One of the most extensive wine selections in the state of Michigan. All our 750ml wines are 20% off all the time, with no limits on purchases. We carry wines from all over the world, including Michigan local wines and limited production wines. Market Square will happily host a wine tasting at your home or next event.
Suggestions For Wine Pairings:
Barolo: A plummy fruit flavor wine with high levels of tannin. Barolo’s tend to do best when their rich full flavors are paired with rich, full foods. Enjoy Barolo with full lamb and beef dishes and stews. Try rich, earthy mushroom sauces. For cheese, pair with dry, aged, high flavor cheeses.
Cabernet Sauvignon: A good cab is great for a formal dinner. Enjoy cabernet sauvignon with beef, duck, lamb, roast chicken, wild game. Cabernet is not normally paired with seafood but works with meaty fish like Tuna when served rare. Sauces include, meat stocks, pepper, red wine.
Chianti: The bright acidity in Chianti helps it go well with dishes which also include some acidity, such as pasta in a tomato sauce, lasagna, meatballs, dishes with bell peppers, appetizers with a bit of acidity, or simple meat dishes such as roast beef.
Merlot: Merlot pairs great with tuna, salmon, beef, duck, and squab. For sauces try meat, mushroom, and red wine based sauces. Great vegetables to enjoy alongside Merlot are mushrooms and wild rice. Cheese pairings include mild cow and goat cheese.
Pinot Noir: Does well with lighter flavors and mild red meat. It pairs well with grilled, roasted, or sauteed foods. Good seafood pairings are salmon and tuna. Meat pairings included mildly prepared beef, duck, ham, and quail. Sauces include basil, butter, lavender, mustard, red wine, and thyme.
Sangiovese: This wine’s bright acidity pairs best with chicken in tomato sauce, meatballs, veal, lasagna, and pizza.
Shiraz / Syrah: This big wine needs the big flavors of spicy meats and stews, and any sauces that aren’t too acidic. Don’t pair this with delicate or mild foods.
Champagne: Champagne and other sparkling wines are predominantly made from two grapes: Pinot Noir, which adds richness and fullness, and Chardonnay, which is lighter and more elegant. Champagnes are rated in terms of the amount of residual sugar they have, from driest to sweetest. Best paired with caviar, lobster, oysters, and lightly seasoned chicken.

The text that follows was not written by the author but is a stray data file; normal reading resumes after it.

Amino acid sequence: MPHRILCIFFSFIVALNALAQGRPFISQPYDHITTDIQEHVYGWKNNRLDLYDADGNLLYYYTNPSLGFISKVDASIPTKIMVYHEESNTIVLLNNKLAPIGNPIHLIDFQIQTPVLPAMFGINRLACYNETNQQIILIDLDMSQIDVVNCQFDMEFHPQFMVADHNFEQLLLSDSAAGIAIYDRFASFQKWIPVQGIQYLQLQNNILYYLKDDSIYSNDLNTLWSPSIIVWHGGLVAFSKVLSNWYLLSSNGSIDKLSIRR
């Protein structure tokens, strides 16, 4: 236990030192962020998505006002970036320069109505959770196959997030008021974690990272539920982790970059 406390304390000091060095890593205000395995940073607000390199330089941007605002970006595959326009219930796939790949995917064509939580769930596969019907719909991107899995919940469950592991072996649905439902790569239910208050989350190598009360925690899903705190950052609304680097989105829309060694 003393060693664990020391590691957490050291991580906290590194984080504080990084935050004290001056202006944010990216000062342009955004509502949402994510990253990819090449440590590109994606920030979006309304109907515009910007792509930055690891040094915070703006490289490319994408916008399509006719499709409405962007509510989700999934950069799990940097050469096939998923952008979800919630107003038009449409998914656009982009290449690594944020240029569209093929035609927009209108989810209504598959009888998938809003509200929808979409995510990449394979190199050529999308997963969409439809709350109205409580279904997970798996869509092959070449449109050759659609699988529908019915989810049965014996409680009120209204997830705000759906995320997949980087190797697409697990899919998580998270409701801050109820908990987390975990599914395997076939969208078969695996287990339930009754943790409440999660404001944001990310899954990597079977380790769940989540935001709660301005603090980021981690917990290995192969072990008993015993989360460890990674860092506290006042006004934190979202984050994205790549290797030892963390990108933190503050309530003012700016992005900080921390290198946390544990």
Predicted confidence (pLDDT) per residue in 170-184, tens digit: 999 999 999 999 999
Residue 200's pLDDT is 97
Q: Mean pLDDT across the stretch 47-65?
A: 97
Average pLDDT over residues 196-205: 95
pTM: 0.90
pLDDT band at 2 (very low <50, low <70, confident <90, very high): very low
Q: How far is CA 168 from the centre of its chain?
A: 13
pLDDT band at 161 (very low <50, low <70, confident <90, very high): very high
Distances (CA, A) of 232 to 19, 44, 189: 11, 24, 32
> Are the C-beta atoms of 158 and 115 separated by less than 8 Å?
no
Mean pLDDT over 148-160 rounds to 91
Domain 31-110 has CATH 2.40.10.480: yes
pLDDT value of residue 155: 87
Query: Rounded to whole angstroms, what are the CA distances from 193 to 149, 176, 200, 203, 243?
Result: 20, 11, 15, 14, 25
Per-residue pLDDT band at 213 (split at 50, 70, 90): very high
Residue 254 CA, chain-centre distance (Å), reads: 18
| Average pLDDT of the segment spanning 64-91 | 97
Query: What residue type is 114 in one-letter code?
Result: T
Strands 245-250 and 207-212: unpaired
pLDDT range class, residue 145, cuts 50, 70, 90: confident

Chardonnay: Enjoy Chardonnay with full flavored dishes which have been grilled, roasted, or sauteed. Its full flavors and complexity goes well with cool weather. Seafood pairings include, lobster, flavorful fish like sea bass, shrimp. Meats include white meat like chicken, turkey, and pork. Complementary sauces are basil, butter, cream, garlic, and saffron. Chardonnay also pairs well with green vegetables.
Gewurztraminer: The rich flavors of Gewurztraminer make it a match for fresh fruit. The full flavors pairs well with chicken, fish, turkey, and cheese. When made in an off-dry style, it has the spice and sweetness to keep up with spicy Indian or Chinese food. For cheese, pair with hard swiss cheese.
Riesling: The leaner Northern style Riesling tends to go better with ham, oysters, lean shellfish, and veal. The fuller Southern style Riesling tends to go better with simple chicken or fish dishes, fowl, or richer-flavored shellfish such as lobster.
Sauvignon Blanc: Enjoy with delicately flavored foods or slightly acidic dishes. It does well with grilled or sauteed foods as well as raw vegetables. Its crisp, straightforward flavor goes well with warm weather and casual meals. Seafood pairings include crab, raw oysters, scallops, shrimp, and smoked seafood. Sauces include citrus, vinaigrettes.
Suggestions courtesy of foodandwinepairing.org. Visit to review a more extensive list of wine pairings.
For cheese and wine pairing suggestions visit gourmetsleuth.com.